By Larry Wigge
When he was traded for goaltender Brian Elliott on February 18, 2011, Craig Anderson felt he had a chance in Ottawa. If he put up some numbers maybe he could make it work.
It was kind of trial and error for the potential unrestricted free-agent netminder the the next two months ...
The on-the-job-training turned into a 11-5-1 record with a 2.05 goals-against average in the finals 18 games. It was just the magic.
"We feel he's brought stability. The position is one that we need if you're going to retool, rebuild and improve this hockey club going forward," said GM Bryan Murray of a four-year, $12.75 million contract. "Craig has stepped in on our team to play the way we think we have to play. With that secure building block, now we can address some other issues.
"He was a guy that we felt we had a chance to sign. If ..."
In this year's playoffs series, which stands at 2-2, the Senators gained control of the quarterfinal round matchup against the New York Rangers.
"It was beast mode -- the come-from-behind victory," said Anderson of a 3-2 overtime victory.
"I thought he was our best player," coach Paul MacLean said. "He kept it at 2-0 and made two saves before the goal in overtime as well. I thought he was outstanding. I thought he showed great leadership and competitiveness for the team."
Craig Anderson was better than Henrik Lundvist ... yes.
Anderson could have a chip on his shoulder over never really being given an opportunity to be a No. 1 before he joined the Colorado Avalanche at the start of the 2009-10 season ... or for his first eight years in professional hockey.
Instead, he whimsically talks about the twists and turns in his life.
"If I wasn't a goalie, I'd probably be a race car driver. They only have to make left turns," Anderson laughed.
The 30-year-old netminder (he'll turn 32 on May 21) from Park Ridge, Ill., a suburb of Chicago, had some pretty good seasons in junior hockey at Guelph before the Blackhawks made him their third-round pick, 73rd overall, in the 2001 NHL Entry Draft. In his second season in the Chicago organization he posted a 15-11-5 record and a microscopic 1.94 goals-against average for Norfolk of the American Hockey League.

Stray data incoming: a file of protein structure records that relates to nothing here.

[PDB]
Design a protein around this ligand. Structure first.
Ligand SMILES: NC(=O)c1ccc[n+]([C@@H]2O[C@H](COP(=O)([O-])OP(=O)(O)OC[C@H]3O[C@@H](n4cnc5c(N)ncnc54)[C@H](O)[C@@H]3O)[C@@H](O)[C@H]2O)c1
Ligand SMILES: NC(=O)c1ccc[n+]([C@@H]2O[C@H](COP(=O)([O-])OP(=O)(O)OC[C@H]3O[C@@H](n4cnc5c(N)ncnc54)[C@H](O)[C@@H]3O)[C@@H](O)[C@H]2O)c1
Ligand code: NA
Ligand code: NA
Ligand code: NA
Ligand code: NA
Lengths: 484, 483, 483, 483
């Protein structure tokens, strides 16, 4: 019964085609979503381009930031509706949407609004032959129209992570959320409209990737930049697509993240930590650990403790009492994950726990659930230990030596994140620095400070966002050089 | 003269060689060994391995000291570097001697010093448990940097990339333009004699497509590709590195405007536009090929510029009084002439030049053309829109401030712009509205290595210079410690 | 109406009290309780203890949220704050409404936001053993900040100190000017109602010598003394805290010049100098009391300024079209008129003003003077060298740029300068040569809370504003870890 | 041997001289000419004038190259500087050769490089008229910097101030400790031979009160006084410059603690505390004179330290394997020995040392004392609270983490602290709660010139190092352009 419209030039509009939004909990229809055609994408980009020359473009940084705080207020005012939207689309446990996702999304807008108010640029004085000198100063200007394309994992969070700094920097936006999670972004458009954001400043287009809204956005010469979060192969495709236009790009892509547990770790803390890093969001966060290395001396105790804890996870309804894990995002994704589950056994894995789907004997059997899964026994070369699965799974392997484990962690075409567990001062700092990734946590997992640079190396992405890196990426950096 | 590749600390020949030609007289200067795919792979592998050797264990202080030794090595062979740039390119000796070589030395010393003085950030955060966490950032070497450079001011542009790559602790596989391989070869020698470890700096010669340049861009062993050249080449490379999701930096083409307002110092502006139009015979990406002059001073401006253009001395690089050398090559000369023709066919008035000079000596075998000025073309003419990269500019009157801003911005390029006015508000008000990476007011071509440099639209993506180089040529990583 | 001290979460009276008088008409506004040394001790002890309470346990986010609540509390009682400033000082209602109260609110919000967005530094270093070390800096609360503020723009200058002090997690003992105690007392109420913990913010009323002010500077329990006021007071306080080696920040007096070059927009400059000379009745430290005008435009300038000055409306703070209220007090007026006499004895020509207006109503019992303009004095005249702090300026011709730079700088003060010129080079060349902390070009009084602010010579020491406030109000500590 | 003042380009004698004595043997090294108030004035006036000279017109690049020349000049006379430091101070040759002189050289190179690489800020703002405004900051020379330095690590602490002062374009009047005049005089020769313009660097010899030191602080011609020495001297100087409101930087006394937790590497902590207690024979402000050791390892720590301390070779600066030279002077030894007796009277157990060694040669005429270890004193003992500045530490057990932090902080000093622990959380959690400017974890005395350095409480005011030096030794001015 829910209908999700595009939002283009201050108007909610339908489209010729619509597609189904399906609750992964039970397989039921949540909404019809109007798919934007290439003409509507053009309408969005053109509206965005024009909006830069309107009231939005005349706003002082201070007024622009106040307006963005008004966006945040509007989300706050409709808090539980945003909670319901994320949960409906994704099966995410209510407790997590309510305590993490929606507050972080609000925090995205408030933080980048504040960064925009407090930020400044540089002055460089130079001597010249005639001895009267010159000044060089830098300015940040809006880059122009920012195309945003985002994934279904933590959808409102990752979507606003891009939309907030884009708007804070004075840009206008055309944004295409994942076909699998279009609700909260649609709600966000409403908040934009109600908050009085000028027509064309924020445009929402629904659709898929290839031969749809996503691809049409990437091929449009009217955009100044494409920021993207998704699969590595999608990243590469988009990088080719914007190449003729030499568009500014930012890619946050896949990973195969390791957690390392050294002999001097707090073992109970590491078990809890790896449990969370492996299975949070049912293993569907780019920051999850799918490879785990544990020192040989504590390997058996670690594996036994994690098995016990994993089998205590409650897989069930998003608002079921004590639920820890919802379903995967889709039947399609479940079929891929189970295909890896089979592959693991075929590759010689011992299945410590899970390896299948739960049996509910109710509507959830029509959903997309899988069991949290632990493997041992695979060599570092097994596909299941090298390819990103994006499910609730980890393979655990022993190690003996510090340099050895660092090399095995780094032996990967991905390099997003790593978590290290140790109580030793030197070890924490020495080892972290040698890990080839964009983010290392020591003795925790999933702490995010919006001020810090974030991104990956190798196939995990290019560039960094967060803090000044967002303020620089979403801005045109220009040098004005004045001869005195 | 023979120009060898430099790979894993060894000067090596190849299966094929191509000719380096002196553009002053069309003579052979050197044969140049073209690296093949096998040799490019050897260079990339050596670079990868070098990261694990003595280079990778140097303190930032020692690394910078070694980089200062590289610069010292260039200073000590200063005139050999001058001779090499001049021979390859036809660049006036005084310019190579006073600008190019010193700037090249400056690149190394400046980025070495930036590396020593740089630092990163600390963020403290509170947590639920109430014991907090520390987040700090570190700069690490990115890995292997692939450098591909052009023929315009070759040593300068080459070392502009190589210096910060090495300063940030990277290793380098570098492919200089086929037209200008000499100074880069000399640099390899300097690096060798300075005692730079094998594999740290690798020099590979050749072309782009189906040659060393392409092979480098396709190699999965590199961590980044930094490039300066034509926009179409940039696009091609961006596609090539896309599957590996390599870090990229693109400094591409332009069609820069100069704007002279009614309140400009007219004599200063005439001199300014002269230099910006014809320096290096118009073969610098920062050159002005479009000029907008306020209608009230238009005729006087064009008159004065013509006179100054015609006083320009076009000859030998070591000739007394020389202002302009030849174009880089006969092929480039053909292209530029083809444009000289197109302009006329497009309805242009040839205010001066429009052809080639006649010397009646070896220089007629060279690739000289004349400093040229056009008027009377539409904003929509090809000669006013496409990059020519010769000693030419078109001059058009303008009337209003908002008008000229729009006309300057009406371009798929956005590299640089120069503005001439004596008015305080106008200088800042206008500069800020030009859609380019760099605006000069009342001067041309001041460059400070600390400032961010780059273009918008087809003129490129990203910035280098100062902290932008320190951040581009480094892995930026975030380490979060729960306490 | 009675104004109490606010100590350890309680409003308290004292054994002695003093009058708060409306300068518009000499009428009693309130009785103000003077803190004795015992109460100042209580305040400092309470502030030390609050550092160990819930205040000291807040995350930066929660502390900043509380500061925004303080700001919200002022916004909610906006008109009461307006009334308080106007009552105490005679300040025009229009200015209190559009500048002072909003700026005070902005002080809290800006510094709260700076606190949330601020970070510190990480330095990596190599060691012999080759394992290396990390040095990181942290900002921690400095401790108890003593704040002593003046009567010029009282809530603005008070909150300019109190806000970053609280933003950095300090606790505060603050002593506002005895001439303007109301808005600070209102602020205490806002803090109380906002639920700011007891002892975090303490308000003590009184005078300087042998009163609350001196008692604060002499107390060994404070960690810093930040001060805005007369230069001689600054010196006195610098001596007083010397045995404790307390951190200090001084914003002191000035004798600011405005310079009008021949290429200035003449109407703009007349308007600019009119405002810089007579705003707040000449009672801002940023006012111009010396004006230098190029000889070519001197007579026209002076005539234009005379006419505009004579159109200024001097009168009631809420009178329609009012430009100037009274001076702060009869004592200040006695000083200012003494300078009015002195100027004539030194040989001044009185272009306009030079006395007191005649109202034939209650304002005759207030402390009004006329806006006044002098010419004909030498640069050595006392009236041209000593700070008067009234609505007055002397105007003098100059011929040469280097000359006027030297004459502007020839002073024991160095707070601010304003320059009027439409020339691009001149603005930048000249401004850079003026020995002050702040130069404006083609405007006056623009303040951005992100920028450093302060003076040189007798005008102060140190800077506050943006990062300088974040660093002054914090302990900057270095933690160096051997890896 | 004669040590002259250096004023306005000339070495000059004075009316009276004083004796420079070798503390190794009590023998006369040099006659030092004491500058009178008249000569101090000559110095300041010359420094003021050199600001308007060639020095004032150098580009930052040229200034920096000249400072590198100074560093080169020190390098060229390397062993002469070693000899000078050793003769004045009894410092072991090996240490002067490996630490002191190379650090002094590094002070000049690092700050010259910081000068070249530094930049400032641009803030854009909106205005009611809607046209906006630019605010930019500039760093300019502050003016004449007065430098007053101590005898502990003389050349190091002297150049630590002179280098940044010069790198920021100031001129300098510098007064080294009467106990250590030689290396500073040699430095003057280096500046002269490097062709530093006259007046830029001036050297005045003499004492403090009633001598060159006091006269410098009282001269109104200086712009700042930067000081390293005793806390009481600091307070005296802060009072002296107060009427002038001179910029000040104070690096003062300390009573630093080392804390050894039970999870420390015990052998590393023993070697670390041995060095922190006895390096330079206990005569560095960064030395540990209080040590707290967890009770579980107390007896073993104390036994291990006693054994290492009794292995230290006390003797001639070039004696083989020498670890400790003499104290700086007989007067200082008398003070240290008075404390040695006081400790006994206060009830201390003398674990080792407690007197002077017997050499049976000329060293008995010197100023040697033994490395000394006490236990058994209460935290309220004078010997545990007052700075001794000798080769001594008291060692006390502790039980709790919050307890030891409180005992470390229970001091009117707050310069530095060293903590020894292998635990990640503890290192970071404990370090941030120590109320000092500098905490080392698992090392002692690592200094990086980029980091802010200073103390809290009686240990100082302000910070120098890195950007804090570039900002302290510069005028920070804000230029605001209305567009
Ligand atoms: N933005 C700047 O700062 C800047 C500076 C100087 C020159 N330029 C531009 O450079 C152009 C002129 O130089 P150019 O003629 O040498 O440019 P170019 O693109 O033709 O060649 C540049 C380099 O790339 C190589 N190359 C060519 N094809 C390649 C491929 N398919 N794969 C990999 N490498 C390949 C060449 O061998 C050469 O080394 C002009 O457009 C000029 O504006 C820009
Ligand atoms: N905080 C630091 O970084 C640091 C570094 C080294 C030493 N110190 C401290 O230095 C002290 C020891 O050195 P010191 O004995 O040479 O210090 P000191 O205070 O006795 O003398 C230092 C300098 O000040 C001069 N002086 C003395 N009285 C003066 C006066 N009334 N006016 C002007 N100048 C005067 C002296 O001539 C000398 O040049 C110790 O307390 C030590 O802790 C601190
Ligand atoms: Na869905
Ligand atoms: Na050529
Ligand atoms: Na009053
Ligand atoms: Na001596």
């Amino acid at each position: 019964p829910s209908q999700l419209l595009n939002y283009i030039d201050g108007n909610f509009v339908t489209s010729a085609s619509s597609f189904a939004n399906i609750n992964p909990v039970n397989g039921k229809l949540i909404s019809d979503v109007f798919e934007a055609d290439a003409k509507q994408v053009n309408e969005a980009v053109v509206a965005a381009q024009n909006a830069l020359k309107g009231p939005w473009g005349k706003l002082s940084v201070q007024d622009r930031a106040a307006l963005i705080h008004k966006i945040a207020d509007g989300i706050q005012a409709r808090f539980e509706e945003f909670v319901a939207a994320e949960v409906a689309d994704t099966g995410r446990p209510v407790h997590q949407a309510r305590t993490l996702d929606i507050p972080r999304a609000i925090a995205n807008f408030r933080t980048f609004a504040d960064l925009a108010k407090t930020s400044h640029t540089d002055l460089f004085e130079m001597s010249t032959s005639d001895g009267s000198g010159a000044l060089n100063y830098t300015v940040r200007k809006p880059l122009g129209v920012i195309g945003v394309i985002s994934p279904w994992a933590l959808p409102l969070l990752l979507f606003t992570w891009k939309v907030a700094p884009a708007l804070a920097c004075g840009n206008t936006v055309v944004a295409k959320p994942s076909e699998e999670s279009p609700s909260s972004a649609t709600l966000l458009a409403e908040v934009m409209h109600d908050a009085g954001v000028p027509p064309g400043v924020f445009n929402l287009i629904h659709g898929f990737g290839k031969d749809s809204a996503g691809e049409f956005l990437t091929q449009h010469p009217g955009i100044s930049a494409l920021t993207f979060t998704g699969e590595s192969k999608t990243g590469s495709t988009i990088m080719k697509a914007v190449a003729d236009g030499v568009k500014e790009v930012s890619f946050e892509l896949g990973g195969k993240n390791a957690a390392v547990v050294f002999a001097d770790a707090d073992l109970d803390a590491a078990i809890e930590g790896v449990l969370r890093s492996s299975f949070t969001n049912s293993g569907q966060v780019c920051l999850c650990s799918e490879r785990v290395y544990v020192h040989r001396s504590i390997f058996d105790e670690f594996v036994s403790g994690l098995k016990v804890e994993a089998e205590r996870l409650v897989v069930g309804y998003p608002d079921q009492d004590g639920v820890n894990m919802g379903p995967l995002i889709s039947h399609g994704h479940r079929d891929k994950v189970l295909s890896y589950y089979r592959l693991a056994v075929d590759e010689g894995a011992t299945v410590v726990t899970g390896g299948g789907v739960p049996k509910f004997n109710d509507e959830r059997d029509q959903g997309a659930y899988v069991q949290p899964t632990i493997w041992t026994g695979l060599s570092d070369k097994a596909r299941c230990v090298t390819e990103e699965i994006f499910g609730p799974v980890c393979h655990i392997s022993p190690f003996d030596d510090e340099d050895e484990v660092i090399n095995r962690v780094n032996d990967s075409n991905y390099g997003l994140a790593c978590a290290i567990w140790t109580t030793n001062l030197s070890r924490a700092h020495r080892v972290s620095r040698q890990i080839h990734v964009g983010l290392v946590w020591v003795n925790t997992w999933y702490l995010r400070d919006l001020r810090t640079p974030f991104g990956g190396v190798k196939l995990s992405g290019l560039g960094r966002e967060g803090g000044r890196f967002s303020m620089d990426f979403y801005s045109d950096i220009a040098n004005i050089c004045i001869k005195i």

But as all goaltenders find out quickly, stopping pucks coming at them at 90-100 mph is more than just being the target in a shooting gallery. At just 24, Anderson was still waiting for a chance to play in the NHL midway through the 2005-06 season.
"People talk about obstacles you have to overcome in your life to get to the NHL," Anderson explained. "Mine was like playing tic-tac-toe with a travel agent for 16 days in January and early February of 2006, when I went from Chicago to Boston to St. Louis and then back to Chicago.
"It started when the Hawks put me on waivers to send me to Norfolk and I got a call at the airport telling me I should instead get on a plane to Boston. Twelve days later, I was with St. Louis for one day ... and then back to Chicago. It was easily the craziest few days of my career."
In June of that year, more twists and turns as the Blackhawks traded Craig to Florida for a sixth-round draft choice.
Anderson admitted that some folks might feel like picking up a newspaper and answer a want ad, but it doesn't work that way in sports.